Máirín-Rua Ní Aodha, Chairperson for IVSA’s Standing Committee for Animal Welfare, spoke with Daniel Lund.
“I first interacted with mink when I was a little boy…I even got to pet one of the tamer ones!”
Daniel Lund is a veterinary student from Denmark and a Trustee for IVSA ( International Veterinary Students’ Association).
He has a long history with mink, which started with a family connection. “I interacted with mink for the first time when I was a little boy. I visited the farm of my father’s first cousin on Zealand ( a Danish island) ”. Daniel fondly remembers it as a simpler time when children could be found running around the farm, “I even got to pet one of the tamer ones!”.
Over time Daniel’s views of the industry evolved from the romantic pictures painted in childhood. He began working in the kitchens at Kopenhagen Fur, the largest and only fur farmer’s cooperative in Denmark. “An older student at my university told me about the job. I was never involved in marketing or sales, but it allowed me to build contacts with people in the company and gain knowledge of the industry”. He soon realised he needed to use those contacts to educate his peers on the industry, “My ideas of mink farming changed when I started vet school. I realised that vet students knew next to nothing about mink farming. I helped to organise multiple events for the students of my university. We visited mink farms. The farms were carefully selected to ensure that the farmer was willing to engage with students. I felt it was important to have a farmer who could explain the scientific reasoning behind their intense production methods.”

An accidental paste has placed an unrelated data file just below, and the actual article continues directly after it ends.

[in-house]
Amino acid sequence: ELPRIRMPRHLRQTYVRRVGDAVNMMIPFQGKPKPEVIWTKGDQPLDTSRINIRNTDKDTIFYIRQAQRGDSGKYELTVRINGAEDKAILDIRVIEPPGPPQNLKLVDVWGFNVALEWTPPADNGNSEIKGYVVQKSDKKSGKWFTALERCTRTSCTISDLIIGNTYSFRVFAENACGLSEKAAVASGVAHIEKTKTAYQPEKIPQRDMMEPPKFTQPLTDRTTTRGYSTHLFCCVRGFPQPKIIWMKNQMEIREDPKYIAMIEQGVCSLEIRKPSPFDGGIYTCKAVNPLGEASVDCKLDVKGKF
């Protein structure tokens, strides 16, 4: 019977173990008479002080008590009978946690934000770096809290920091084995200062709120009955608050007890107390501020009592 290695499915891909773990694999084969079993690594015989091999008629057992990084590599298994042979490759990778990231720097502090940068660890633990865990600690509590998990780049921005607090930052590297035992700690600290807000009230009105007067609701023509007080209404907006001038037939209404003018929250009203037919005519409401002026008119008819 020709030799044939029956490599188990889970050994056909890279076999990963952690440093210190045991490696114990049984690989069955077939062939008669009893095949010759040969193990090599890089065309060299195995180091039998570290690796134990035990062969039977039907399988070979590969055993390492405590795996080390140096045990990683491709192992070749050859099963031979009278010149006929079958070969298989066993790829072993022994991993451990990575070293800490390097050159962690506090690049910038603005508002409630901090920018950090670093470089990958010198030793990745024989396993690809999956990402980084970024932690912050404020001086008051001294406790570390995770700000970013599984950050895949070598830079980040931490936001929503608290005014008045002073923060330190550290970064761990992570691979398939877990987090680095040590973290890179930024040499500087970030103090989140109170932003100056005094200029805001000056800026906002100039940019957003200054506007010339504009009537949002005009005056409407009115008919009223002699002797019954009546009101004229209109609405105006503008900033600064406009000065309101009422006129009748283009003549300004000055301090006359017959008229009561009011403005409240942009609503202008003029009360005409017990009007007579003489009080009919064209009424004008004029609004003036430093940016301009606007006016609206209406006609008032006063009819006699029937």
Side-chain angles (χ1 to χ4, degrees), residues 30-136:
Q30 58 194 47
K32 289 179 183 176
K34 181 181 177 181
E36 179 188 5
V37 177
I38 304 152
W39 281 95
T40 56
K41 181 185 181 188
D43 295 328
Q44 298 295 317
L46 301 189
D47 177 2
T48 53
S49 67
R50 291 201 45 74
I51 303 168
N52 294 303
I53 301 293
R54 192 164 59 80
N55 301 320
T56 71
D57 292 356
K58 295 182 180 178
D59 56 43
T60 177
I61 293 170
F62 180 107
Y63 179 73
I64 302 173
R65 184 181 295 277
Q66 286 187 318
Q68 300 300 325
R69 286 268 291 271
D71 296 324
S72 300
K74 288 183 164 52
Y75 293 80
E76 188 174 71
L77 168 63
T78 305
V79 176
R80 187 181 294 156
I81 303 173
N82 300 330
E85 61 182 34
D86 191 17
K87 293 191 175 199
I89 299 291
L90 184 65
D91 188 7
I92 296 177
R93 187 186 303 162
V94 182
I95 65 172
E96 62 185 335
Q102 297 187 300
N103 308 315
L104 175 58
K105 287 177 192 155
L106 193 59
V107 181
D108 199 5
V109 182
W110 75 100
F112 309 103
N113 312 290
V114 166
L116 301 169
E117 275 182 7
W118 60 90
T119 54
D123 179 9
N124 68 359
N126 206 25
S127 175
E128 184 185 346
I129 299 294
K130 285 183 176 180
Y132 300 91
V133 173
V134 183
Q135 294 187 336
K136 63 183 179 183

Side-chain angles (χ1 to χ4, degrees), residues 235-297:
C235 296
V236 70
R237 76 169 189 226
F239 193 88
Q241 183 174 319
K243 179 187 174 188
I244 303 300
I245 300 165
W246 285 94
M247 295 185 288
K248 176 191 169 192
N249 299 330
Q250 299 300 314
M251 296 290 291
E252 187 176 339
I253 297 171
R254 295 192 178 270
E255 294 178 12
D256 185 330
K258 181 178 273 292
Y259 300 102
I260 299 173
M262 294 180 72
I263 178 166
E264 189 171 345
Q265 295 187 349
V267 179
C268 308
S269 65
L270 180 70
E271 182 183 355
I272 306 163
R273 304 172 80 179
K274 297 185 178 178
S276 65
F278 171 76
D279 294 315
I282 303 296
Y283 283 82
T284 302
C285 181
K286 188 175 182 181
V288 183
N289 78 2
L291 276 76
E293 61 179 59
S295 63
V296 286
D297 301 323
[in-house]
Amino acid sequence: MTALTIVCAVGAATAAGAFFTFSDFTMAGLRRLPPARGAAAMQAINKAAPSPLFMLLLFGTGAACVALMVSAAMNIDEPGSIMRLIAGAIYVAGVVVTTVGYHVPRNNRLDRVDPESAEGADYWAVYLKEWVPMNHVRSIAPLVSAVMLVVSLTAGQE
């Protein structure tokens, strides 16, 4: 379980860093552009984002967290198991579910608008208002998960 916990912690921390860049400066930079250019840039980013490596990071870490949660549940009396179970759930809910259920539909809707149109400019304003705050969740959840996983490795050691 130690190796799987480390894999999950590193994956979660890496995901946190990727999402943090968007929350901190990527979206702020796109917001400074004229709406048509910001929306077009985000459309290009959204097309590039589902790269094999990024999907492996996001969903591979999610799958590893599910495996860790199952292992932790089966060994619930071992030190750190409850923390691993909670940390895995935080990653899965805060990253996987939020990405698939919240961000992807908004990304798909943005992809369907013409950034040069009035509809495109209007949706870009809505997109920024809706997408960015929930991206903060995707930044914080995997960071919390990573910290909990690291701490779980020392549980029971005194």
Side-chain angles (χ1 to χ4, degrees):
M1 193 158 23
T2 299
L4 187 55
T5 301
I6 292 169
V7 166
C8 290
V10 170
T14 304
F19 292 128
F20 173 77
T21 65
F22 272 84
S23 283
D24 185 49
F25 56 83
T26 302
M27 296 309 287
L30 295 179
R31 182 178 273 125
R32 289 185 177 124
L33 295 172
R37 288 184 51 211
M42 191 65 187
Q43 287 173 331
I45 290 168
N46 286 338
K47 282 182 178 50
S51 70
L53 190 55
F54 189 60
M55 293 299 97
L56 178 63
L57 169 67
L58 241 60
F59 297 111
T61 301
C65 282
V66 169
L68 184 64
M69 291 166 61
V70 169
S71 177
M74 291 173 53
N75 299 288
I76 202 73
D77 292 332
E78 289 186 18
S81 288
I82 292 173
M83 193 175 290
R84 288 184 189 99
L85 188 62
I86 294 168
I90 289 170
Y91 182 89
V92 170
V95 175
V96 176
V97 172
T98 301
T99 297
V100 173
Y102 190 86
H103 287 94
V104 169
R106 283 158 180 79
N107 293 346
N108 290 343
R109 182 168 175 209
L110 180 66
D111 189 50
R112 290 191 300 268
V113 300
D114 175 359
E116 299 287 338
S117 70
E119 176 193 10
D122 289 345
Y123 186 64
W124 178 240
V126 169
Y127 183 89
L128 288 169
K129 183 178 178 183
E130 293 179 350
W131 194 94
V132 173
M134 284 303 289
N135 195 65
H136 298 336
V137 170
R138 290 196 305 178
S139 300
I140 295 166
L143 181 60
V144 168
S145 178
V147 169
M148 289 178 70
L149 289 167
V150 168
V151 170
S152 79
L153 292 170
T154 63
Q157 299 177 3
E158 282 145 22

“I saw a huge change in how mink farms were run after the outbreak of Mink Plasmacytosis in Denmark”.
Biosecurity is the issue of the hour, with Denmark reporting 214 human COVID-19 cases infected with SARS-CoV-2 related to mink (all carrying the mutation Y453F in the spike protein, referred to as mink-related variants) . These cases are part of an ongoing spread via zoonotic and anthroponotic transmission.
In response to this the Danish government organised a mass cull of the entire mink population (approx 17 million animals).  They also undertook an intensified surveillance programme for the human population in North Jutland, the most heavily affected area. Movement in and out of the area has been restricted, and the full genome sequence of the mink variant SARS-CoV-2 has been shared with the international scientific community.